Apple reveals its latest iPhone -- possibly two of them -- on Sept. 10. We separate the bogus iPhone rumors from the smart predictions.
On Sept. 10, Apple is expected to unveil a new iPhone -- or perhaps two. If you follow iPhone gossip, you're already aware that Apple might do things a little differently this year. Rather than launching a single new phone, CEO Tim Cook and staff are expected to reveal two models: the premium iPhone 5C, the next step up from the iPhone 5, and the iPhone 5C, a less pricey version targeted at cash-strapped consumers in the emerging and developed worlds.
As is always the case before an Apple product release, iPhone rumors have been swirling for months. Why pay attention to them? Because they're usually accurate, albeit with a few clunkers that seasoned Apple watchers can generally spot. If The Wall Street Journal reports that Apple is testing iPhones with six-inch screens, that's probably a reliable bit of gossip. But if Joe's Tech Blog insists the iPhone 5C will feature a fold-out massage table, well, you be the judge. (To be fair, sometimes little-known bloggers break stories first, so you never know.)
This year's iPhone launch is particularly interesting in light of recent global smartphone developments, including Android's growing dominance in developing regions, markets that Apple hopes to crack with its rumored iPhone 5C. At the premium end of the market, the iPhone is facing a growing number of quality competitors, including the aluminum-framed HTC One, the Nokia Lumia 1020 with its 41-megapixel camera, and the feature-packed Samsung Galaxy S4, the iPhone's arch-nemesis.
Many questions will be answered Tuesday, while others won't be resolved for months. Will the iPhone 5C be priced low enough for Apple to boost its global market share? If it's priced too low, will the 5C provide a substandard experience that damages Apple's premium brand? And if the iPhone 5S retains a four-inch screen as expected, will it appear behind the times as five-inch and larger phones grab a bigger slice of the market?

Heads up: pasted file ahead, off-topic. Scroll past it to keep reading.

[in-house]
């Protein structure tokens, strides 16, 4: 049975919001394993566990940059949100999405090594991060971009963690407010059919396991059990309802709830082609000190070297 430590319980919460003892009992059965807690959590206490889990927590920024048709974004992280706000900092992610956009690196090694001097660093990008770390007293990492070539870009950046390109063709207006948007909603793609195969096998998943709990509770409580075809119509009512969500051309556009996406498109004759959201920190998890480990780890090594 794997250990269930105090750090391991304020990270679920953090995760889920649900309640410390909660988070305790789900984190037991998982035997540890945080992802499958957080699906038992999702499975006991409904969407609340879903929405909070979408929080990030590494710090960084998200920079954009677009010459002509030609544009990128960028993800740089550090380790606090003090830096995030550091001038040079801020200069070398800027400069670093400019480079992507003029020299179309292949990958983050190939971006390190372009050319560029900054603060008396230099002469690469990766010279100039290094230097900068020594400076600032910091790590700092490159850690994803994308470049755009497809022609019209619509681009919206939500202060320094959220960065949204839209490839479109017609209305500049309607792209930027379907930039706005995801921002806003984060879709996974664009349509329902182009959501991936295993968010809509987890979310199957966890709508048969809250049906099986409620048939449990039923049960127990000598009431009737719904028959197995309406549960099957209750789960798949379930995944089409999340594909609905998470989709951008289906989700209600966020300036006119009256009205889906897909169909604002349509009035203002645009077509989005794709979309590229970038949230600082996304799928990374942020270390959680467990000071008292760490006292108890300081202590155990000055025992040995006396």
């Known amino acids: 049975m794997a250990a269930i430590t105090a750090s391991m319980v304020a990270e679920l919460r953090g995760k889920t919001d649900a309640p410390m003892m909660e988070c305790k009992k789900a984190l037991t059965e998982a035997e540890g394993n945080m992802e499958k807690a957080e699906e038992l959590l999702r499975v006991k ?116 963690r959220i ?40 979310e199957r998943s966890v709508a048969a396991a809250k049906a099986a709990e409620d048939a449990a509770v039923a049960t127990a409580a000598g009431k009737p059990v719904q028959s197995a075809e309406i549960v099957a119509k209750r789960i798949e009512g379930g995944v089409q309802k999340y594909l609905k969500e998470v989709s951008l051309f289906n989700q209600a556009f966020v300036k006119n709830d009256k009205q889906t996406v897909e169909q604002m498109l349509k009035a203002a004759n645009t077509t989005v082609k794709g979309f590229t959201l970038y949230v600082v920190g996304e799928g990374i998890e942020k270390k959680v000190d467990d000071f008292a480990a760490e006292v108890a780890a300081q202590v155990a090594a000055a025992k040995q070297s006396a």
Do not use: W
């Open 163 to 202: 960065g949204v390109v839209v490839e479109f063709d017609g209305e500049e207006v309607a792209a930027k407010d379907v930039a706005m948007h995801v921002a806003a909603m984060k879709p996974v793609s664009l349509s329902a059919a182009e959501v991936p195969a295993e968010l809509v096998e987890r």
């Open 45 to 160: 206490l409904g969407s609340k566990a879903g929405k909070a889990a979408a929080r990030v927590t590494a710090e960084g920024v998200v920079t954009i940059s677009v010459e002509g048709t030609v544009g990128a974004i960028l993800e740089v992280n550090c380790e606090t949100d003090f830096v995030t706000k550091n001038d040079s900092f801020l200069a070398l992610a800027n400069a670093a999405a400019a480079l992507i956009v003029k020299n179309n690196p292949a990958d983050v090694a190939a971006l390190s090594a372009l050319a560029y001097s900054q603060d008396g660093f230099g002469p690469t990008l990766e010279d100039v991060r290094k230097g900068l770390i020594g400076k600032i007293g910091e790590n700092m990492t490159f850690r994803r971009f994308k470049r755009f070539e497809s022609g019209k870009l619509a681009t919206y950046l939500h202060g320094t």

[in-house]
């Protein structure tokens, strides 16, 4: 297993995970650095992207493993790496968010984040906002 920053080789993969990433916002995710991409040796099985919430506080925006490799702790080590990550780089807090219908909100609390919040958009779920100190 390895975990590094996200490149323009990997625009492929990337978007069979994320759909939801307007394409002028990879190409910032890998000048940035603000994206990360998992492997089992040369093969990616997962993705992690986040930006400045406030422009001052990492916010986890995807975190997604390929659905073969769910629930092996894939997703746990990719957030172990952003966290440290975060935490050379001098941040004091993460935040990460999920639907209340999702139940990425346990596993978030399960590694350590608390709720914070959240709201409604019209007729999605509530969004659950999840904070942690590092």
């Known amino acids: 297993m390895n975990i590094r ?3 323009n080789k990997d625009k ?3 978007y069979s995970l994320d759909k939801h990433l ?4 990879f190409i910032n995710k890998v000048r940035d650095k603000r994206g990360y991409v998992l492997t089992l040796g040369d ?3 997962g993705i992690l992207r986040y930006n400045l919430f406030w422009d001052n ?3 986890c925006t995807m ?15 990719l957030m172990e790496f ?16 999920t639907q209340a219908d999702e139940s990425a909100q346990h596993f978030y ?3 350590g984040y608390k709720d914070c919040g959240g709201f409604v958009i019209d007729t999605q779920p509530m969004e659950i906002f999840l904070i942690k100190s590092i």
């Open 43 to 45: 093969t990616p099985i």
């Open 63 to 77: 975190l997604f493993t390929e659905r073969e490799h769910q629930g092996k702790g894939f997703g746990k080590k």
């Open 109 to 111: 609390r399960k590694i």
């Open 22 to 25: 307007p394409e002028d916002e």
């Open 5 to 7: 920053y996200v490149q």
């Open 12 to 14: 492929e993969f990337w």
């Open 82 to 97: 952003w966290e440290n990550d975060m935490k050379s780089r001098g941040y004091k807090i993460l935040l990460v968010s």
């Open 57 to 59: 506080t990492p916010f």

Last year's rumors leading up to the September 2012 debut of the iPhone 5 launch painted a fairly accurate picture of that device's dimensions, appearance and capabilities. This time around, there's little reason to suspect the leaked iPhone specs and furtive photos we've been seeing for months are bogus. Again, we'll know for sure on Tuesday.
In this slideshow we review the best and worst iPhone 5C and iPhone 5S rumors. Which ones will turn out to be true? Dig in to read our predictions of what's real and what's ridiculous.
Computing devices with fingerprint scanners aren't new. IBM introduced a laptop with an integrated fingerprint reader way back in 2004. And the Motorola Atrix 4G smartphone had one in 2011. Well, the iPhone 5S is expected to integrate a fingerprint sensor with the home button, but why? Users aren't exactly clamoring for the feature, which could be used in lieu of a passcode to unlock the phone, access digital wallet capabilities (for online shopping, for example), or perform other tasks that only Apple knows about for now. Fingerprint scanning is an intriguing idea, but will it be faster and easier than passwords for the average iPhone user?
The sketchiest iPhone rumors tend to fade away as an Apple launch date approaches, and this year is no exception. In July, a widely circulated online rumor predicted that Apple would delay the release of iPhone 5S in order to upgrade the device's screen size to 4.3 inches from four inches. The Commercial Times, a Taiwanese newspaper, reported the story, which was later picked up by Bloomberg. Well, the rumor didn't have legs, and most Apple watchers still expect the iPhone 5S to have a four-inch screen just like its predecessor.
The iPhone 6 might be different story, however. The Wall Street Journalreported this week that Apple is testing iPhone screens as large as six inches. If true, an iPhone phablet might not be far off.
The iPhone is immensely profitable for Apple, but its share of the worldwide smartphone operating system market is heading south. In the second quarter of 2013, Apple's slice of the global smartphone OS pie shrank by just over 3% year-over-year, according to research firm IDC. And in key developing markets such as China, Android mobile devices dominate.